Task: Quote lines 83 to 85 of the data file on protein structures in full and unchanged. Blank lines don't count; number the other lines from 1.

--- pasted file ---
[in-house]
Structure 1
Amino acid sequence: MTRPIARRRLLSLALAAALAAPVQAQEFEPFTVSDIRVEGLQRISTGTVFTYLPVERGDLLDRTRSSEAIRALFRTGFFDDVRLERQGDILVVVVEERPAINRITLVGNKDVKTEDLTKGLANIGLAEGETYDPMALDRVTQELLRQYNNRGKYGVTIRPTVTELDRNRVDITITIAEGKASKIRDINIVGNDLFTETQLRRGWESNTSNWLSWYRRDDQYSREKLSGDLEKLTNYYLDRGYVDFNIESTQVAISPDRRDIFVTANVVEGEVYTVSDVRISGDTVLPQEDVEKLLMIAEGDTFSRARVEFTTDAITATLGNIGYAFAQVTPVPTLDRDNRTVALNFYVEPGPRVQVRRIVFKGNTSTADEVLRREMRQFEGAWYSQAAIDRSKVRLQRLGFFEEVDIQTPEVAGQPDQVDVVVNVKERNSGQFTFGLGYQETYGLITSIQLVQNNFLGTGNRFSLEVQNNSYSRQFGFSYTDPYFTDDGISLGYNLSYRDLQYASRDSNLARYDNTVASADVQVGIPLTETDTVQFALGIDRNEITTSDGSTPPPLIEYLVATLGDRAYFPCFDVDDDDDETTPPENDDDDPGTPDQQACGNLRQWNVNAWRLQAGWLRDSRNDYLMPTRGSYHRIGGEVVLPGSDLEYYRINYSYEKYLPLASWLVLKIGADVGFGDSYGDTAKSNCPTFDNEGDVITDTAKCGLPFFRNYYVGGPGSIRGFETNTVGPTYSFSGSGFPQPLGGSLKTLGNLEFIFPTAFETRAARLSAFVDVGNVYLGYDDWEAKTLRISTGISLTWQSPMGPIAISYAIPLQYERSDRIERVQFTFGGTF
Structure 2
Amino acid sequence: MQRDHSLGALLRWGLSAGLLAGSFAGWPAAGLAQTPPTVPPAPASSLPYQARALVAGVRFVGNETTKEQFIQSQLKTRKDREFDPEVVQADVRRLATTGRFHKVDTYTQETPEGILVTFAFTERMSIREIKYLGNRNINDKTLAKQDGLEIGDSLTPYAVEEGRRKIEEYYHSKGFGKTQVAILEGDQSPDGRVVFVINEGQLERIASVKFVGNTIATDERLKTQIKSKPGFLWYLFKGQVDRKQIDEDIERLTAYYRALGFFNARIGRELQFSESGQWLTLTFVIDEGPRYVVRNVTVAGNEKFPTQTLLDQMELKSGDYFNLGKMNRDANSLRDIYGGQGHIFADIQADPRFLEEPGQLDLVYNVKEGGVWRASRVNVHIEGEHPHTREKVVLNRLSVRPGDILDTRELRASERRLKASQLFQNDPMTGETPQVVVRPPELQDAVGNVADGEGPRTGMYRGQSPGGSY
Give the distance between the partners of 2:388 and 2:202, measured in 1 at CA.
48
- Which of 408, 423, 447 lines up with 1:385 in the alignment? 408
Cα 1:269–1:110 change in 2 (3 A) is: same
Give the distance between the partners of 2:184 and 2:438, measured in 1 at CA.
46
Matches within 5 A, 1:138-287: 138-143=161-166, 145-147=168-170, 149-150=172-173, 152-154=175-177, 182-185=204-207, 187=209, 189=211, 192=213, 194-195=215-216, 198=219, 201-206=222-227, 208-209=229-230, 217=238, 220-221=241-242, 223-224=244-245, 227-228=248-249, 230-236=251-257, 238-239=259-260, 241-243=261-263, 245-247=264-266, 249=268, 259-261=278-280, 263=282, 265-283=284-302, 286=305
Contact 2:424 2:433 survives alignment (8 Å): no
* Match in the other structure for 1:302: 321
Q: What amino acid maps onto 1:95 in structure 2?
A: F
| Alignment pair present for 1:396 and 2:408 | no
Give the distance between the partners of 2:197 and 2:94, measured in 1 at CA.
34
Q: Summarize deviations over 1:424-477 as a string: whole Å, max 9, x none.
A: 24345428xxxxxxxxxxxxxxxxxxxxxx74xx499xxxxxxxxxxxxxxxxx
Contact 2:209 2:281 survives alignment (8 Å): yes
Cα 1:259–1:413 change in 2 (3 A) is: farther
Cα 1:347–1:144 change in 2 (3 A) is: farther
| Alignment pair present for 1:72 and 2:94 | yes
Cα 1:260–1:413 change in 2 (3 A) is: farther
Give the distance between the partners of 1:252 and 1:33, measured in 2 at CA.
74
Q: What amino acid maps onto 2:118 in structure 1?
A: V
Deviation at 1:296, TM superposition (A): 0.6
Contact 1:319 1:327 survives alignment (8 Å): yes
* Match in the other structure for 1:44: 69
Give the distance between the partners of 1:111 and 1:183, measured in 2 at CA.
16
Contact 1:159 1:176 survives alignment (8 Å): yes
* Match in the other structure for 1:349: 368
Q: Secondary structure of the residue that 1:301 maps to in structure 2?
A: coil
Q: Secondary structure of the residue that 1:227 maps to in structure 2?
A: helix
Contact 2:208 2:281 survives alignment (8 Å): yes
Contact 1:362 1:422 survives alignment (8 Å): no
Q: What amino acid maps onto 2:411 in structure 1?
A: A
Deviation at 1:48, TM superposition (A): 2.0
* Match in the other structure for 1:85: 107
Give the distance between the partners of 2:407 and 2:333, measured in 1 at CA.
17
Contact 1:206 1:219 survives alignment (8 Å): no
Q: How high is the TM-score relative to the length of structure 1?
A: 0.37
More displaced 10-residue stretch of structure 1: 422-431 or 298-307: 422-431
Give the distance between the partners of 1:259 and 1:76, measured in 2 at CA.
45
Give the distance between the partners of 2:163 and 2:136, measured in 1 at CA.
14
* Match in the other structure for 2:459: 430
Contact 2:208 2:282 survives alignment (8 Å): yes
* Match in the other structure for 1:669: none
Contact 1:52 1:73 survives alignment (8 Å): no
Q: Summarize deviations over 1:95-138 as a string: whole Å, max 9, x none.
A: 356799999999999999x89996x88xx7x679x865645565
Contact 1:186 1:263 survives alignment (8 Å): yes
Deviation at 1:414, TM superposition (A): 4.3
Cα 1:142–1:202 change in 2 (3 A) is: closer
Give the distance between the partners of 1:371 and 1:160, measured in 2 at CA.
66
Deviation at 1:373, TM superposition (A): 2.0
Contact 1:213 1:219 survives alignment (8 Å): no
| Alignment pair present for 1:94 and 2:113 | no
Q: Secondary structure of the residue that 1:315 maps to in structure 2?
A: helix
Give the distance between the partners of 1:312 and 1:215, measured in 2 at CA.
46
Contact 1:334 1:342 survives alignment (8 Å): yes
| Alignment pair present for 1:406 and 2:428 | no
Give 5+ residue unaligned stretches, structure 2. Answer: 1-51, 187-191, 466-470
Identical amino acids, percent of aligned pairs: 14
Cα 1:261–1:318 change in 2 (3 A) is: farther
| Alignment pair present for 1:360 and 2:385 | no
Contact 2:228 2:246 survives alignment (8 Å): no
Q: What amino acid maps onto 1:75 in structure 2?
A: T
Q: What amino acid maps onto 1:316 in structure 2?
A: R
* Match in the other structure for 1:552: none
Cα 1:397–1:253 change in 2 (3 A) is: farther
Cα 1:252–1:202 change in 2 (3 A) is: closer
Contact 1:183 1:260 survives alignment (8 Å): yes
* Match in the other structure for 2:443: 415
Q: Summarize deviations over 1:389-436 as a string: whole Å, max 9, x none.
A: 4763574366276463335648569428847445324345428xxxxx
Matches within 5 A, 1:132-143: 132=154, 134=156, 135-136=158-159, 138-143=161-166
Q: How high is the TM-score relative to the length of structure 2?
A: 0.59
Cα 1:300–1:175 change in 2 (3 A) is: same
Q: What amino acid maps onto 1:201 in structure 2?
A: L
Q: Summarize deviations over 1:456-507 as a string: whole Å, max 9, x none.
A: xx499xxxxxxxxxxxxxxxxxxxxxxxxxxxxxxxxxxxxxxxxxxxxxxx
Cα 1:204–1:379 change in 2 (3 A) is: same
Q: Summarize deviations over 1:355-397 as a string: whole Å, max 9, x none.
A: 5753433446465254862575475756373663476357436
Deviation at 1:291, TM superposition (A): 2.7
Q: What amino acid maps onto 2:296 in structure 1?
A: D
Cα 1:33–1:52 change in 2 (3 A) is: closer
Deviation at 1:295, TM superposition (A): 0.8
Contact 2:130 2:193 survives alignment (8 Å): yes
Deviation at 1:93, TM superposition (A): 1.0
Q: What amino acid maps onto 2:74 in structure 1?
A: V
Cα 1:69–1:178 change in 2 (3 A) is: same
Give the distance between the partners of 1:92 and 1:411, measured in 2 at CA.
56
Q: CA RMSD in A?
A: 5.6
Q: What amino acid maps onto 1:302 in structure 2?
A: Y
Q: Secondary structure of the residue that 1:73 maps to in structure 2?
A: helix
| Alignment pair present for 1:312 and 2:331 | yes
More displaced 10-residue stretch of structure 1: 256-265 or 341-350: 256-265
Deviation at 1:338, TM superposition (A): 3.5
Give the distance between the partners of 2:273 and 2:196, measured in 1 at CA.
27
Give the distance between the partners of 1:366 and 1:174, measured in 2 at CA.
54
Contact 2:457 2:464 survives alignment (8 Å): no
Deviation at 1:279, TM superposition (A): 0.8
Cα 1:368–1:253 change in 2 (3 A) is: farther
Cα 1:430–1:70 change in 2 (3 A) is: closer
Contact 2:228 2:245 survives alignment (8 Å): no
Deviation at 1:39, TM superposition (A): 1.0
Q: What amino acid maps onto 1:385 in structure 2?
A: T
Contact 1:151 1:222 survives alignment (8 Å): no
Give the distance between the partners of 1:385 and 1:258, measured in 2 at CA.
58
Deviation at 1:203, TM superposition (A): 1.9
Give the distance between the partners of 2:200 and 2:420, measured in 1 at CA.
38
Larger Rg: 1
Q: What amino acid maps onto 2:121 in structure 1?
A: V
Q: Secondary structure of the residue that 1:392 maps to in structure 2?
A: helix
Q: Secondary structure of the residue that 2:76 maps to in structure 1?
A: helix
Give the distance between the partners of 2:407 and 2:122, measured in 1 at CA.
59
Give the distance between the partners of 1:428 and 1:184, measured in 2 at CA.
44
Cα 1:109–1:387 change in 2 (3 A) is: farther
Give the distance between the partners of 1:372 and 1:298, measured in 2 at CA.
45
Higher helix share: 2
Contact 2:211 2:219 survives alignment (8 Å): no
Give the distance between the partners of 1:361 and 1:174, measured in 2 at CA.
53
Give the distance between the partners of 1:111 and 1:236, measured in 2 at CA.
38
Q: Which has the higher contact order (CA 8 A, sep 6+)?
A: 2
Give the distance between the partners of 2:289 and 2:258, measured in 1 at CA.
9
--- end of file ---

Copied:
Q: What amino acid maps onto 1:75 in structure 2?
A: T
Q: What amino acid maps onto 1:316 in structure 2?